The Real Success of Amazon’s Prime Days

Did you miss the latest national holiday? No, not Flag Day or International Kissing Day (not to be confused with National Kissing Day) but Amazon Prime Day.

While there was no parade – or trimming of the Prime Day tree – make no mistake, Amazon’s two-day shopping festivus is big enough to take on holiday status. One hundred seventy-five million items were sold in 48 hours. That’s 3.6 million purchases an hour. We’re talking more than Cyber Monday and Black Friday combined. If things continue, brick and mortar stores will soon be having their own national/international event – Chapter 11 Day.

Five years ago, Amazon decided to create a sale just for its Prime Members. And that really is the secret sauce to this event’s success and, frankly, to the success of Amazon itself.

It’s not a store. It’s a club.

Prime Members spend $119 a year to get a host of benefits; free one-day shipping in most areas, Prime Video, Prime Music and yes member-exclusive deals during Prime Days. While the membership has value, customers are paying to be customers. Amazon gets loyalty, and it charges for it. Prime members spend more than non-member customers. Look closely, and you’ll see. The goal of Prime Days is not to make a one-time sale. It is to change the way we shop for good.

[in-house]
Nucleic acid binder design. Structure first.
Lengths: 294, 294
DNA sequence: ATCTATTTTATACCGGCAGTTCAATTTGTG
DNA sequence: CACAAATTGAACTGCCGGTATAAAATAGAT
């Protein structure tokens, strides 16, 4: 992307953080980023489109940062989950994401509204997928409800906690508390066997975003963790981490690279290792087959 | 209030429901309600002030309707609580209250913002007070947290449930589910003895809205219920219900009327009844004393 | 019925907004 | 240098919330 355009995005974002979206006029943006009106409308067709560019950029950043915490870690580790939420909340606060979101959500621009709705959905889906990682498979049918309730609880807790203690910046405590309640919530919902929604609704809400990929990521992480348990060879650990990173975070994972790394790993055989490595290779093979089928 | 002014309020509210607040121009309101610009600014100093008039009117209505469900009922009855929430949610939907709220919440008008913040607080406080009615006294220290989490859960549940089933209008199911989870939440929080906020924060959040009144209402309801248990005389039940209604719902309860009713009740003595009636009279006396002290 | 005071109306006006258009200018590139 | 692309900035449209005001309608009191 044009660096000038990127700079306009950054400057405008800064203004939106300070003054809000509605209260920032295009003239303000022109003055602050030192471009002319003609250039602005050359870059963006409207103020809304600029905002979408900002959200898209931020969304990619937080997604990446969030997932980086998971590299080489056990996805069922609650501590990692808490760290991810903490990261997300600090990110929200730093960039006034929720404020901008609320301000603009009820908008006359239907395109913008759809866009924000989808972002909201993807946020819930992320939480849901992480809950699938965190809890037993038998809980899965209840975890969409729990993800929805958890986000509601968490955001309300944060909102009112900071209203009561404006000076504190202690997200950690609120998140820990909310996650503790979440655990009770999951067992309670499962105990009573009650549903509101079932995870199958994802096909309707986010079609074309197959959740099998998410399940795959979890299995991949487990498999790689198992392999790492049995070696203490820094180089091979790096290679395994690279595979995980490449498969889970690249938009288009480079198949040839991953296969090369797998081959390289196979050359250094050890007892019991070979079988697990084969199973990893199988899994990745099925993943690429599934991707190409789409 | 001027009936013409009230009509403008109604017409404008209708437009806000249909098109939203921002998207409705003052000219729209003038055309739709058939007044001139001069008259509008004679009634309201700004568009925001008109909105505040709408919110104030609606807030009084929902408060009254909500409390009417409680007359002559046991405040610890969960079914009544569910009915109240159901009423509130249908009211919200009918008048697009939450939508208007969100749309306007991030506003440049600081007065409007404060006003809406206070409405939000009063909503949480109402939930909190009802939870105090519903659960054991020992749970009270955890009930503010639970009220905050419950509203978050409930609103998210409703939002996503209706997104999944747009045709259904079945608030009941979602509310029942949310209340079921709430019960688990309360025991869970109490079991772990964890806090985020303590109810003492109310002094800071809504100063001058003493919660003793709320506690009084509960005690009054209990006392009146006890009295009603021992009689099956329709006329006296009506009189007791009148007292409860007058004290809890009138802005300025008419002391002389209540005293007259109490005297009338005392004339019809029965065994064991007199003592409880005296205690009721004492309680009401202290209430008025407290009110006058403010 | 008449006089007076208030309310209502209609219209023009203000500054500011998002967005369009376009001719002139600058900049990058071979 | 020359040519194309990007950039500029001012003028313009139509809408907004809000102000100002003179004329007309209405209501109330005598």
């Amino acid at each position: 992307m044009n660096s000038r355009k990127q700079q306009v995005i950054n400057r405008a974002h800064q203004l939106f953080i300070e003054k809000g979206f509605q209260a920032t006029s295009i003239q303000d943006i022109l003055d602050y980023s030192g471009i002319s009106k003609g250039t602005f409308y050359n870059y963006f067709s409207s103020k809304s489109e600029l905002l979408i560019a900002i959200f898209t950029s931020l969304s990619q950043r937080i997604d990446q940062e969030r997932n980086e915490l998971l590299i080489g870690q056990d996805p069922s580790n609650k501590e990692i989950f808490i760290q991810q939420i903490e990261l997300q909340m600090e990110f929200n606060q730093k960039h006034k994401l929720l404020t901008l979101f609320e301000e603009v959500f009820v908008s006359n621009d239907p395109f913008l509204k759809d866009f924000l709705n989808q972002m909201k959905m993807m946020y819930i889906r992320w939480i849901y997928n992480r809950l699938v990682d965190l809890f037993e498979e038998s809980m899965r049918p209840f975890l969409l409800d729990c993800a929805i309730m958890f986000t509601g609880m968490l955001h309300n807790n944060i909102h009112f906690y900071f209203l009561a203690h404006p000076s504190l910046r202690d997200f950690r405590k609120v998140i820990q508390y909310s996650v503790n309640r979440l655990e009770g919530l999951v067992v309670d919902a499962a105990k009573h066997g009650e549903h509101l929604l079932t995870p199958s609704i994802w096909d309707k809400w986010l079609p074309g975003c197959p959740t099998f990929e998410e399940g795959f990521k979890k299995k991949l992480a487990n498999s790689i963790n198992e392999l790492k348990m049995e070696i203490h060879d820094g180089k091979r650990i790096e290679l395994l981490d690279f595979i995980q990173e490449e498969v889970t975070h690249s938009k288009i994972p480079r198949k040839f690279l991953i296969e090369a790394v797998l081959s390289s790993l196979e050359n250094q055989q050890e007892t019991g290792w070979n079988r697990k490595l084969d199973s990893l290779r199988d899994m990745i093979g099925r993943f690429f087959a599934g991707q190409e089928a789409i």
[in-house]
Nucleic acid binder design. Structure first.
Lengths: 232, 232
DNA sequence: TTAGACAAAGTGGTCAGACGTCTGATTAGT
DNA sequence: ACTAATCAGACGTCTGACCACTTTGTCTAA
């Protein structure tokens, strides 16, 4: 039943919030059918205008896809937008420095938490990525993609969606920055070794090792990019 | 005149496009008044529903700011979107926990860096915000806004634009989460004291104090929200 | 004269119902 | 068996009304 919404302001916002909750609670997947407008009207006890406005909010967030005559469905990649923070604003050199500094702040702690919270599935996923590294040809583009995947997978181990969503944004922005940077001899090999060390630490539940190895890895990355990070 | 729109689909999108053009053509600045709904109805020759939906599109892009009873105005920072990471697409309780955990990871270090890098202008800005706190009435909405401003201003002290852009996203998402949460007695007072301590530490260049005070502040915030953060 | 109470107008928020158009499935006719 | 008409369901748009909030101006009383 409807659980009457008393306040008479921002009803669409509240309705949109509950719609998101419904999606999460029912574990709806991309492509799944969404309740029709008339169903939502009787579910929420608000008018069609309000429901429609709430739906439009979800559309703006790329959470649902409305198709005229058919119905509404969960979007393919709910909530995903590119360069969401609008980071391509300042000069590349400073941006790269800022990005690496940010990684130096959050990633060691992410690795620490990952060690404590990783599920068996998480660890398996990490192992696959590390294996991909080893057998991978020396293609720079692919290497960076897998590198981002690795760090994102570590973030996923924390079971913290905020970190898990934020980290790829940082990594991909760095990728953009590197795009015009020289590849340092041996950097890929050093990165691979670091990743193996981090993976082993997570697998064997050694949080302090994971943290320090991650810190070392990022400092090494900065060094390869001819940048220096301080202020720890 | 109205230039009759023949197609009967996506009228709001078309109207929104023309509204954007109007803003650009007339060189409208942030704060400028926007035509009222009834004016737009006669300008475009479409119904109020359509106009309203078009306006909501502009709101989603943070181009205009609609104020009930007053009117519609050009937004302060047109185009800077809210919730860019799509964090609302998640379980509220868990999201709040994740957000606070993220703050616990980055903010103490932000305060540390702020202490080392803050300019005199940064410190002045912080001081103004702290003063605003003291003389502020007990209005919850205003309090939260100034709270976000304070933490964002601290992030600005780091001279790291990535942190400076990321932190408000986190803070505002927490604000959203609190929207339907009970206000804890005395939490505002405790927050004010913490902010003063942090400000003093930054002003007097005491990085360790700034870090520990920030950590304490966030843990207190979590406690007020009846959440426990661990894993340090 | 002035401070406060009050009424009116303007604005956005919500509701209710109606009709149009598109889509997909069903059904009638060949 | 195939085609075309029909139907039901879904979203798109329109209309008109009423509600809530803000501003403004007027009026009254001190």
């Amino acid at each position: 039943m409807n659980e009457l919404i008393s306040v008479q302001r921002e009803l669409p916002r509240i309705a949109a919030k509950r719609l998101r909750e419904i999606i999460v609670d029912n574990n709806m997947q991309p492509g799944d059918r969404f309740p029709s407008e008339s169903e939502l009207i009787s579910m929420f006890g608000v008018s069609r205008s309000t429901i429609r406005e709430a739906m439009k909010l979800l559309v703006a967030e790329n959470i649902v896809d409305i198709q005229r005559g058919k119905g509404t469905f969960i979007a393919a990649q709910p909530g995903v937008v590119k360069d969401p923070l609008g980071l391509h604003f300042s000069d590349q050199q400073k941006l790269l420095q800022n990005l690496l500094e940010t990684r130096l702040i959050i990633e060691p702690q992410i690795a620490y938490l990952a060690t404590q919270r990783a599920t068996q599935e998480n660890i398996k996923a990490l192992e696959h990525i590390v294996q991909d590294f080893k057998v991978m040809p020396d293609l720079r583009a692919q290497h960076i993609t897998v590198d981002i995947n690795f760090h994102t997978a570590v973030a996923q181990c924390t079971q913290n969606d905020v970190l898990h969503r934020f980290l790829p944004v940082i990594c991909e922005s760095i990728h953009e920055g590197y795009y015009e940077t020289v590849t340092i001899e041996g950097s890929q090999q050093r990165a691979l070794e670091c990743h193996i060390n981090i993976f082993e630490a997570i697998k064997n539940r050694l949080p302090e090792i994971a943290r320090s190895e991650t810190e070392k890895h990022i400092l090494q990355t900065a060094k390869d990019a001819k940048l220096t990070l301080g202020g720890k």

So, while they may publicly boast about their sales numbers, they privately really relish their membership numbers. For Amazon, that’s how an empire is built.

If there’s a bigger club, I’m not aware of it.

After being very secretive about their total membership, Amazon just recently revealed that it has over 100 million Prime members worldwide. And, according to the online retailer, more people signed up to be Prime Members on July 15 – the first day of the two-day event – than any other single day in the company’s history.

Members buy member products.

During these two days, members bought more Amazon devices; including the Fire TV Stick, Fire Tablets and Echo Dots, than ever before. Once you buy into the club, you buy into the devices that make that club even more engaging.

Members are made to feel like they belong.

amazon prime day excitement

CEO Jeff Bezos made a point to thank all the “Amanzonians” who made Amazon Prime Day a success. There was also an event to start the event. The Prime Day Concert was hosted by Glee star Jane Lynch and featured Taylor Swift. All to thank Prime members.

In short. Customers build sales. Members build Amazon. It is the definition of short-term vs. long-term success. Consider this when you build your business and brand strategy. Are you looking for quarterly returns? Or lifelong loyalty?